Willis was furious. “It wasn’t about the money—it was about the effort and the expectation,” he said. “Why did I have to pay all the time?” He felt taken advantage of. Did people become involved with him solely because of his deep pockets?

But he also felt guilty. Who was he kidding? A hundred bucks was no big deal to him, whereas he knew it was a significant sum of money to his boyfriend. He broke off the relationship, and decided to not be so forthcoming about his finances in the future. “I just figured it was best to make sure people were with me for me, and not because I had money,” he explains.

As often as not, issues of wealth disparity can become complicated by traditional gender roles. “It’s a cultural expectation that men are going to be the breadwinners,” says Ginny Graves, co-author of For Richer or Poorer: Keeping Your Marriage Happy When She’s Making More Money. But today, when 35 percent of married working women earn more than their husbands, that expectation plays out in complex ways.

David Zweifler met his wife, Sarah, in 1997. Zweifler, now 34, was a research analyst for Bear Stearns; Sarah was head of marketing for a multinational law firm, raking in $30,000 more a year than he did. “I respected the fact that she was earning that much money,” he says. “But I made a point of covering at least half of the dates and dinners—and probably a little bit more, because I’m the guy.”

Sometimes, money issues can stop a relationship in its tracks. For five years, Sheila Velazques, 30, lived with a man who was unemployed for most of their time together. Part of the problem, she admits, was that he didn’t actively seek work—and by default she ended up paying his way. “It was a huge turnoff,” she says. “He had no ambition, and didn’t show any signs of changing. What if I had wanted to stay home with our kids?”

Melissa Jacobs, 34, had a more successful experience. The social worker from Greenville, SC, married a man whose family has considerably less money than hers (his father was a transit worker; hers was a lawyer). They met in college, and since he was working to pay the bills, she would pay when they went out on dates.

“I had everything handed to me and he didn’t—and I knew that if I wanted us to do things, I’d have to pay,” she says. She didn’t mind—but she does resent paying for things when they go out with his family. “They never reciprocate!” she says. “We fly to see them, and we’ll buy them dinner. I keep thinking it’s because they don’t have anything, but it bothers me.” Does she say anything to her husband about her feelings? “Absolutely not!” she says. “We just come from different cultures, and he’s not going to change his parents at this point. I have to pick my battles.”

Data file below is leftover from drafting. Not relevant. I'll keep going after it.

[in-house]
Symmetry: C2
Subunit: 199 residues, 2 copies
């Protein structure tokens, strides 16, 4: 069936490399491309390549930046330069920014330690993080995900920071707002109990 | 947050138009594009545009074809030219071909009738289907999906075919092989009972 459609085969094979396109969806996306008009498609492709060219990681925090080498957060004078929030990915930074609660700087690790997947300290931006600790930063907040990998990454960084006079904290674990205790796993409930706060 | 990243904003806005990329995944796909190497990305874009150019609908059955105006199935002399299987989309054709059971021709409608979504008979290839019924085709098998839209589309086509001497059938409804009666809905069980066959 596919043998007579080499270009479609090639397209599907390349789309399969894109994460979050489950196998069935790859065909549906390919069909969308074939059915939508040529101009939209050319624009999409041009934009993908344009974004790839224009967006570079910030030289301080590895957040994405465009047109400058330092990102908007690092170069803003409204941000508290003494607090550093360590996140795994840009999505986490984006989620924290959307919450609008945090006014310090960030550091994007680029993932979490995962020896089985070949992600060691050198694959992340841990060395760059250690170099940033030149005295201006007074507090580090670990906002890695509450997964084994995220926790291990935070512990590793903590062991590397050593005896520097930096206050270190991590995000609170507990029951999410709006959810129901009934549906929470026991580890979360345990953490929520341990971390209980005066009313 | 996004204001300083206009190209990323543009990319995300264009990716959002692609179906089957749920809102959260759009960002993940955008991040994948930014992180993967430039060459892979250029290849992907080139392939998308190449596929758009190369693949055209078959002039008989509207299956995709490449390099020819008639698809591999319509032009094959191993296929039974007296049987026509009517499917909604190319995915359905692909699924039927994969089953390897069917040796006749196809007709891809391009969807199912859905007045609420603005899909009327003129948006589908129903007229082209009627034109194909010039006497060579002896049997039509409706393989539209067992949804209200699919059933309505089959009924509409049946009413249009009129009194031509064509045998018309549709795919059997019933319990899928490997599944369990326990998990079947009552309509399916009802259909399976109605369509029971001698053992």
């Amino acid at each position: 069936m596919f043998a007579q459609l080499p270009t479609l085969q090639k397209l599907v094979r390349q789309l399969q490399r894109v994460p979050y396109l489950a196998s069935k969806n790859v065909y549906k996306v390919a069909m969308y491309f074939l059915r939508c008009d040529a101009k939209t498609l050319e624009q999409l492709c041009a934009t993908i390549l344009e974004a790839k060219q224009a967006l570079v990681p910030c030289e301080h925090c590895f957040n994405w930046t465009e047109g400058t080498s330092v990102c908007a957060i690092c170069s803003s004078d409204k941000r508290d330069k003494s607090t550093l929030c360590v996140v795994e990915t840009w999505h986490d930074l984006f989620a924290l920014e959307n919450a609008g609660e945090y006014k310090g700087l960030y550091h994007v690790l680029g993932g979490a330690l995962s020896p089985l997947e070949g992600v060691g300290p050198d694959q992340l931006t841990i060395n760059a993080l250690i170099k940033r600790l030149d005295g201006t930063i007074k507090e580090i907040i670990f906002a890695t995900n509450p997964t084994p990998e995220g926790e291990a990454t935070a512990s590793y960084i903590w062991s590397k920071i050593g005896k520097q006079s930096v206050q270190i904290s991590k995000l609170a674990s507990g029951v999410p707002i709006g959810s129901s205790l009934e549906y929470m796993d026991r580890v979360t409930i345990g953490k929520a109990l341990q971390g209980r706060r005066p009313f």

Just as every unhappy family is unhappy in its own way, every financially unequal partnership has its own special set of problems—and solutions. And just as it tends to be easier to date someone from a similar cultural, religious, and educational background, it’s often easier to be with someone who has similar attitudes about money.

“Wealth-management people call it financial incompatibility, and it’s a very real issue,” says Helga Hayse. “Money is the one remaining taboo in marriage. It used to be sex, but no more.

Everyone goes into marriage expecting a good sex life. But they don’t talk about money.” (Nearly two-thirds of married couples who responded to a 2006 USA Today poll said they had talked “a little bit or “not at all” about finances before committing to one another).

So, is your relationship doomed if you come from different financial backgrounds? Or if you can’t discuss your feelings about money? Mine clearly was (perhaps because, as financial guru Suze Orman puts it, “Opposites may attract, but I wouldn’t put my money on a relationship between financial opposites.”)

Ultimately, a successful union is about more than the size of one’s wallet. But here’s a tip: next time your partner despairs about the size of his billfold, tell him you’ve never seen anything so big in your life.

This article was originally published at . Reprinted with permission from the author.